A long-simmering corruption scandal that implicates multiple current and former officials in the hierarchy of the International Brotherhood of Teamsters (IBT) union may boil over early this year.
On December 27, Judge Loretta Preska ordered IBT President Jim Hoffa and his administration to turn over more than 32,000 documents to Independent Investigations Officer (IIO) Joseph diGenova.
The judge explained that Mr. diGenova must be granted access to the documents promptly so that he could fulfill his duty to ferret out corruption among “high-ranking IBT officers.” (See the link below for additional information.)
IBT second-in-command Ken Hall, other Hoffa cronies, and union lawyers have since early last year been deploying an array of tactics to delay an investigation into alleged illegal solicitation of gifts from unionized employers and other alleged corrupt practices by top IBT officials.
In February, the IBT Independent Review Board (IRB) issued a recommendation to the union’s General Executive Board that International Vice President Rome Aloise, a close Hoffa ally, be charged with requesting gifts and personal favors from employers during negotiations. This is a crime designated as “racketeering” under the federal code.
The board also recommended charges be filed against Aloise for using forced dues-financed union resources to punish political opponents and rig elections for union office.
The IRB report specifically charged that, during contract negotiations, Aloise tried to use his leverage as a top union boss to obtain jobs for difficult-to-employ relatives from Teamster-controlled companies like UPS, Costco and SWS, the largest liquor distributor in the U.S.
Aloise also allegedly sought and obtained tickets from SWS to the Playboy Superbowl Party of 2013. The tickets, worth $9600, were handed over to Hoffa’s executive assistant, W.C. Smith.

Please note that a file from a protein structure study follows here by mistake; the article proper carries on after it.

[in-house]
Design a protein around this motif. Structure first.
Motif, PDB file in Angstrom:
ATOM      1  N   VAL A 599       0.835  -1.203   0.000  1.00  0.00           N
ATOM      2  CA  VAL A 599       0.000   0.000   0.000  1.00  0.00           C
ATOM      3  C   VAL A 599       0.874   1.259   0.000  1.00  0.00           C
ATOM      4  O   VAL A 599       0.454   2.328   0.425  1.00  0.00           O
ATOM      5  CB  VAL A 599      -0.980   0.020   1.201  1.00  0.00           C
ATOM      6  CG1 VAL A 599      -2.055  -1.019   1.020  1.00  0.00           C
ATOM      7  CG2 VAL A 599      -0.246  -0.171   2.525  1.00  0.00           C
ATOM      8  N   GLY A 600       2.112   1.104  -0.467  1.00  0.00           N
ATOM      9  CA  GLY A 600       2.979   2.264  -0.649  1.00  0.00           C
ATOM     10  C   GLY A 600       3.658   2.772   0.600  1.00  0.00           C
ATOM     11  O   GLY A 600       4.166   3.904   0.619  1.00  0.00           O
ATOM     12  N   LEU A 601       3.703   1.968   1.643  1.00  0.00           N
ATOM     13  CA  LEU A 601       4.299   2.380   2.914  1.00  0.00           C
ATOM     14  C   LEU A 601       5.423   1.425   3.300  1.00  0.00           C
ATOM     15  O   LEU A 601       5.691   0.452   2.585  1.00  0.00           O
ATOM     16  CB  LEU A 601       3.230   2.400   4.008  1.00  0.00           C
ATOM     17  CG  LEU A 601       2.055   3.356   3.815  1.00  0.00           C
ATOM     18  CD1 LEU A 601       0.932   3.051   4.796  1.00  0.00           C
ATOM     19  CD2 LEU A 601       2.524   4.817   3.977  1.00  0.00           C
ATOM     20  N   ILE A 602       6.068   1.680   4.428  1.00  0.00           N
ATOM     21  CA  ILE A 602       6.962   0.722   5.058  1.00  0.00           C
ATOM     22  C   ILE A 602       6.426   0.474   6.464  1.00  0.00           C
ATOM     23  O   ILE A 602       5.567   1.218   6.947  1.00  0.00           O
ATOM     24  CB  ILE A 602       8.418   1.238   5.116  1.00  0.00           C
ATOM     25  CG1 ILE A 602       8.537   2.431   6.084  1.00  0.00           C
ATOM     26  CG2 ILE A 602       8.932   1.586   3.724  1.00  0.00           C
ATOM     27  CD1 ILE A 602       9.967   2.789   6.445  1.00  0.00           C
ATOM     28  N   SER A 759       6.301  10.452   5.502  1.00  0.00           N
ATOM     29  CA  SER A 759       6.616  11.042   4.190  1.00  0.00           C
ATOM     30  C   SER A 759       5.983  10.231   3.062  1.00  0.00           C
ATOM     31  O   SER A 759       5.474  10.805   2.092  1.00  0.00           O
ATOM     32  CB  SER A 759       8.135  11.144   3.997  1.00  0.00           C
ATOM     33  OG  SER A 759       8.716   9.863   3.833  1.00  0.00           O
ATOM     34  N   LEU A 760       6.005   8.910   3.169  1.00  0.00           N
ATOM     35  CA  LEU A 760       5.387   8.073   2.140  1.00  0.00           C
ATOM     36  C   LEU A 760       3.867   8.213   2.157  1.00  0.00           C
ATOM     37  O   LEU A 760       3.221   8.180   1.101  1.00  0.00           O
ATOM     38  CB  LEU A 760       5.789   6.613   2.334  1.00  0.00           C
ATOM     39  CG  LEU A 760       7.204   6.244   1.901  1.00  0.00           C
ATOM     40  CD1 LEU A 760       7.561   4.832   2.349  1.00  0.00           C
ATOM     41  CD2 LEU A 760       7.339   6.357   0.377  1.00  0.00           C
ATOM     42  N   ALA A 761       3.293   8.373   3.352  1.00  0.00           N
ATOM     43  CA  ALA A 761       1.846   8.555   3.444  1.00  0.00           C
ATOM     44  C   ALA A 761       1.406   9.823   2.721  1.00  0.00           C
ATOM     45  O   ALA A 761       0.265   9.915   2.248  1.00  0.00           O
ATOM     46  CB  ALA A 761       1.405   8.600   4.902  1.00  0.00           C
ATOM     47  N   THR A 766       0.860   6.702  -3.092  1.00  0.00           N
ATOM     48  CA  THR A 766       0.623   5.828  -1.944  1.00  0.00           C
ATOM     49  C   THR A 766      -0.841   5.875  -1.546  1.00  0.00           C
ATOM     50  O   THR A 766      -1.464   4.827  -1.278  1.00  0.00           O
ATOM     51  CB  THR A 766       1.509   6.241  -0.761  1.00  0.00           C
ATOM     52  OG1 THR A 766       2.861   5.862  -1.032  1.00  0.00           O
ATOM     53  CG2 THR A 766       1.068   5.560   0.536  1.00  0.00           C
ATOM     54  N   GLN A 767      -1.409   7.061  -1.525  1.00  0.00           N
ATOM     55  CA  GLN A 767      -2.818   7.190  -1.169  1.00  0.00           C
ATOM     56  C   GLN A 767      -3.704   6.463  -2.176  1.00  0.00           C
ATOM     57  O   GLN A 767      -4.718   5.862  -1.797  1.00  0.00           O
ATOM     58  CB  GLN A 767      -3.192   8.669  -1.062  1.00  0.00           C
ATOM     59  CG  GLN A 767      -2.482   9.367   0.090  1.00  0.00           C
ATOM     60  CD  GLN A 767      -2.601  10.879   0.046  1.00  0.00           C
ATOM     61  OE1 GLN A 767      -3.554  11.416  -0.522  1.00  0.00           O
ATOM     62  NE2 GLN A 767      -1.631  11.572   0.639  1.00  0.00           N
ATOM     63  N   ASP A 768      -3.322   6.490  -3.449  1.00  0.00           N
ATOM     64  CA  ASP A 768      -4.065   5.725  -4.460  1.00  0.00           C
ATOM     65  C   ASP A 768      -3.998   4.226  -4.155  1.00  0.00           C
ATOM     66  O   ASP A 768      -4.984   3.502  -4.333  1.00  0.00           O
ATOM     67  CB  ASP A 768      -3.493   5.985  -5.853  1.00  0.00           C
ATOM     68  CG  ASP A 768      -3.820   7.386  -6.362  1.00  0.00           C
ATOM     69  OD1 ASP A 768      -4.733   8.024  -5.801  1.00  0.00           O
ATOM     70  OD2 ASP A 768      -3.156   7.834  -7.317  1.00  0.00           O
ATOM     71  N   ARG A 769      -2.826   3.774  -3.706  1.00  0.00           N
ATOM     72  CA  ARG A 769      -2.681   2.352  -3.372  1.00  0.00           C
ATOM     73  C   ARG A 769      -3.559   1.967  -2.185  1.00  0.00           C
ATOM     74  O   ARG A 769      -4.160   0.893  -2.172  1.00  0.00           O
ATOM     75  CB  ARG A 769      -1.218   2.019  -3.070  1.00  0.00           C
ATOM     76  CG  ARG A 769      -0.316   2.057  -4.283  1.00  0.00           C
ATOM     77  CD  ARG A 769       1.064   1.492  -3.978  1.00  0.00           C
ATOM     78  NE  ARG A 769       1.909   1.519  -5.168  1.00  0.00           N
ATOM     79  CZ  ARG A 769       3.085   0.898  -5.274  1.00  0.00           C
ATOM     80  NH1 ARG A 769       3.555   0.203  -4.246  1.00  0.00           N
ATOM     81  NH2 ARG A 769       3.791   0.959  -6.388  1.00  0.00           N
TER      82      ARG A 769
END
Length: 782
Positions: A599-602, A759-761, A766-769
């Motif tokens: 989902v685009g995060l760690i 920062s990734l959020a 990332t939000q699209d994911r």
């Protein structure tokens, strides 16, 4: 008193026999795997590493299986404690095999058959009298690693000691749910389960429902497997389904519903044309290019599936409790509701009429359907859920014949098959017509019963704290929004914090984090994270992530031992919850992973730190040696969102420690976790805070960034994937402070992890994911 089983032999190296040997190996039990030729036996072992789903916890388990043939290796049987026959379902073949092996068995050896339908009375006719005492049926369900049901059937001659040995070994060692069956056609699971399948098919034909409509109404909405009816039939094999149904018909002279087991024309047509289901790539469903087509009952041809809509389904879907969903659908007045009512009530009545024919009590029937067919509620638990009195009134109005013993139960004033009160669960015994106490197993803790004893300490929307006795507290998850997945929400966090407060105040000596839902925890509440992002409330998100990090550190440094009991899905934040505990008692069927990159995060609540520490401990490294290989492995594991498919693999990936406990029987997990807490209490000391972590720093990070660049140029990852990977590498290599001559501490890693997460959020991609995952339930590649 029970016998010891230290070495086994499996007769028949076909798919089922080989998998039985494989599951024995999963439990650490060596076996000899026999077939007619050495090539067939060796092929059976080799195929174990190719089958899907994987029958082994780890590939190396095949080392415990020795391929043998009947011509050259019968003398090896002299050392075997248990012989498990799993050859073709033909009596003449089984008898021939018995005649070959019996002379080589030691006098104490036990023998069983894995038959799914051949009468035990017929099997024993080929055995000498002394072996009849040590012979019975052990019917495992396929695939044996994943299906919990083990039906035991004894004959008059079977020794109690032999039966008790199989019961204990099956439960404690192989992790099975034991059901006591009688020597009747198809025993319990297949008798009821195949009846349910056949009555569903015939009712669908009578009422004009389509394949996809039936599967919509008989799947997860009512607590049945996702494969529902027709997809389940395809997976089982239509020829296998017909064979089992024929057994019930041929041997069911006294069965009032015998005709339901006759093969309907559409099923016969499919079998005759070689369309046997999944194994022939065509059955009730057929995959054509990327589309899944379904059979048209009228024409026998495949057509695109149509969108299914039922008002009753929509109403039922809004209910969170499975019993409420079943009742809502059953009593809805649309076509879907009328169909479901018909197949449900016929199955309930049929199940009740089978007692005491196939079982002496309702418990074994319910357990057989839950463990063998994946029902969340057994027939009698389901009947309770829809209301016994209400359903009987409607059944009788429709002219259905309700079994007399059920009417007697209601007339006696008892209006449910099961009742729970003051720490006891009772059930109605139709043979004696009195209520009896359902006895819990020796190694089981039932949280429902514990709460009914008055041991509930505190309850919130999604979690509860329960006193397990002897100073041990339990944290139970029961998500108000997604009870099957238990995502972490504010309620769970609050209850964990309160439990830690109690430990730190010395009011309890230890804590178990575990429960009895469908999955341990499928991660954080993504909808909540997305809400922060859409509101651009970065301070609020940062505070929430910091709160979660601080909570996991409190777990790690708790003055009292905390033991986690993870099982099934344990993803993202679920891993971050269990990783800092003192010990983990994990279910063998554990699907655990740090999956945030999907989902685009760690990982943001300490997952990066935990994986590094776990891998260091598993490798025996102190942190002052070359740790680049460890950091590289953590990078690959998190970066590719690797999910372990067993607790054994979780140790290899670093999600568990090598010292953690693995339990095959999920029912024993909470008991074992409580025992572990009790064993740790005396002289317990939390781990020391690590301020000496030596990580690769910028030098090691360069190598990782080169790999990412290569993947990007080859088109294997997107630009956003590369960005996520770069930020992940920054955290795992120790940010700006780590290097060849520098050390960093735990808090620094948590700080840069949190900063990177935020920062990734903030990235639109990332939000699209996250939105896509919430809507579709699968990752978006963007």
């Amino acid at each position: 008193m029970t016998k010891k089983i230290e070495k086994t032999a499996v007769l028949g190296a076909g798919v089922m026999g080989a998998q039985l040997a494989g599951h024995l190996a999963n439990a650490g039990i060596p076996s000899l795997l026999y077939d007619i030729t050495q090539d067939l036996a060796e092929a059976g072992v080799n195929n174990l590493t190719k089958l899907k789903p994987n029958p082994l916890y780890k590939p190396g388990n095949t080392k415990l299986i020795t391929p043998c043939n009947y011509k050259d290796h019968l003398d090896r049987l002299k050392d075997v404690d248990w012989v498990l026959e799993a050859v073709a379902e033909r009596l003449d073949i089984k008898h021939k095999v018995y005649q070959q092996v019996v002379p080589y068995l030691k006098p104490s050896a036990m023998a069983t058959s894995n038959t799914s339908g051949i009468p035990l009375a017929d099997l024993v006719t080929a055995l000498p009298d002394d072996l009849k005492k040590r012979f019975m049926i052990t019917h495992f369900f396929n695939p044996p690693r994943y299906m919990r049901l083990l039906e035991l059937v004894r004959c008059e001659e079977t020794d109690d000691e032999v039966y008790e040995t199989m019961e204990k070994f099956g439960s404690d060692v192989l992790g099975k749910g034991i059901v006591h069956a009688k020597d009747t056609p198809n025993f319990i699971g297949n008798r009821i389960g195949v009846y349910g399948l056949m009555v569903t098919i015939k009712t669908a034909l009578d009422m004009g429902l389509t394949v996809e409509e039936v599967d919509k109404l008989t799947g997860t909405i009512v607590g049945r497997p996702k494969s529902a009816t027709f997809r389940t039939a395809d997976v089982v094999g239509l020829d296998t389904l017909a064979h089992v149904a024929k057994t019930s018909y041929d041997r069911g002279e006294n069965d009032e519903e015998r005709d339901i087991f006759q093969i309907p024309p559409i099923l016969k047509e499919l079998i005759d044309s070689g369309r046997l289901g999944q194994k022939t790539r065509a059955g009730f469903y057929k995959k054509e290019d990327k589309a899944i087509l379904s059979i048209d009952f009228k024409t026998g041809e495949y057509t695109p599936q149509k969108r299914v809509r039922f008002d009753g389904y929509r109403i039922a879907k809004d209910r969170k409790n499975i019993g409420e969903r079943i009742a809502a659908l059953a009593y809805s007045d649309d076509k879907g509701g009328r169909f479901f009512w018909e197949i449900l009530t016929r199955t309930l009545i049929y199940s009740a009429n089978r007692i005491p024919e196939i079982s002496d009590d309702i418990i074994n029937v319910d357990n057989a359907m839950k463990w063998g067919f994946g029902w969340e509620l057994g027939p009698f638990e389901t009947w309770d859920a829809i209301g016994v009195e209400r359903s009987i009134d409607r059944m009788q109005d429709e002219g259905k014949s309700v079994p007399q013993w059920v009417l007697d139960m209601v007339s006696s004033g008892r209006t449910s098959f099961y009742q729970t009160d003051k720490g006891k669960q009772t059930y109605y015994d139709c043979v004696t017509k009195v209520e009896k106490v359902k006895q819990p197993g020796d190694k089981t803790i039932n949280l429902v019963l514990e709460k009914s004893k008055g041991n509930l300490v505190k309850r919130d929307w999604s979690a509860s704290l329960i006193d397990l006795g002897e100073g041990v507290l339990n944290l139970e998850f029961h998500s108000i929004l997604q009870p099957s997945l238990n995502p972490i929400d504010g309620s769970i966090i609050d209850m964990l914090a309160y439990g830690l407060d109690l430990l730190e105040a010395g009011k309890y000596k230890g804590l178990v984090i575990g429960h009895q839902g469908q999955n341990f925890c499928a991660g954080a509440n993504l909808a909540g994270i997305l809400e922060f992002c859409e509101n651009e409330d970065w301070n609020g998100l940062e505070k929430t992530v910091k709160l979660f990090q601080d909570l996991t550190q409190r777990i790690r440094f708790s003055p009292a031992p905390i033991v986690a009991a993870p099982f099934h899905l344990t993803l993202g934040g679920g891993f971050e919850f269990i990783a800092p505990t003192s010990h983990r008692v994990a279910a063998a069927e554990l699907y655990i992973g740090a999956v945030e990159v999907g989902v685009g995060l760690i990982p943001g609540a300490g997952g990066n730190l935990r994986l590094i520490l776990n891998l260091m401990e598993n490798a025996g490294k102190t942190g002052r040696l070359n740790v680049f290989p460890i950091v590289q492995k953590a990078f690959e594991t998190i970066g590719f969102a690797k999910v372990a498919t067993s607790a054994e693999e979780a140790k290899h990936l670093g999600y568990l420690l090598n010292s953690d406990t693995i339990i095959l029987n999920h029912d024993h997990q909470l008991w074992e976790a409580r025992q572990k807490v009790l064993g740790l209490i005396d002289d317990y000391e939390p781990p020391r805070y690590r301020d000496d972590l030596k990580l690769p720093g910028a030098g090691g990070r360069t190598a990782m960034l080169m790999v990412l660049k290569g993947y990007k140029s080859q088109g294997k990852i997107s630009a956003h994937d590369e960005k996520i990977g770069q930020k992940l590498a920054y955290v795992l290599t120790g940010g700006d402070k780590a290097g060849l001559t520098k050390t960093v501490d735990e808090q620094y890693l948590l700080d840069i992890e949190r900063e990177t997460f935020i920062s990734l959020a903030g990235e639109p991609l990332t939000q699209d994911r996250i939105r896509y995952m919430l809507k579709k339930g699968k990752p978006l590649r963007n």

And Aloise allegedly used union and employer resources to finance and orchestrate a coordinated and illegal political attack on rank-and-file members who dared to run for office against an Aloise ally in Stockton, Calif.
Apparently convinced that he had no real choice, Hoffa accepted the IRB recommendation and filed charges against Aloise 11 months ago. But subsequently Hoffa and Hall showed their true colors by nominating Aloise for another five-year term as an IBT vice president even as the latter faced an IRB trial for racketeering, violating members’ rights, and other infractions.
And even after Aloise admitted to the IRB that he was under federal criminal investigation last July, Hoffa and Hall continued to stonewall, successfully delaying Aloise’s IRB trial again and again.
Hall also apparently sought to prevent diGenova from getting the evidence he needed to hold accountable other top Teamster officers who had allegedly been Aloise’s accomplices and/or committed similar violations.
Last fall, diGenova recommended that charges be filed against Hall for obstructing the investigation. The IIO also recommended that charges be filed against Smith.
By “soliciting and receiving at thing of value from an IBT employer,” Smith had “committed an act of racketeering,” explained diGenova.
The corruption and obstruction cases diGenova has presented against Aloise, Smith, Hall, and other Teamster bigwigs like ex-Political Director Nicole Brener-Schmitz are compelling.
The evidence indicates that, when U.S. attorney Preet Bharara asserted in 2014 that “corrupt . . . practices persist at all levels” of the IBT, he might well have singled out the highest level for its avarice and disregard for the rank-and-file.
How can the seemingly endless cycle of IBT corruption be broken?
Logic and experience point to enactment of a national Right to Work law. Such a law would make it far less difficult for ordinary IBT members to fight union corruption by empowering them to resign and withhold all their dues, without being fired as a consequence.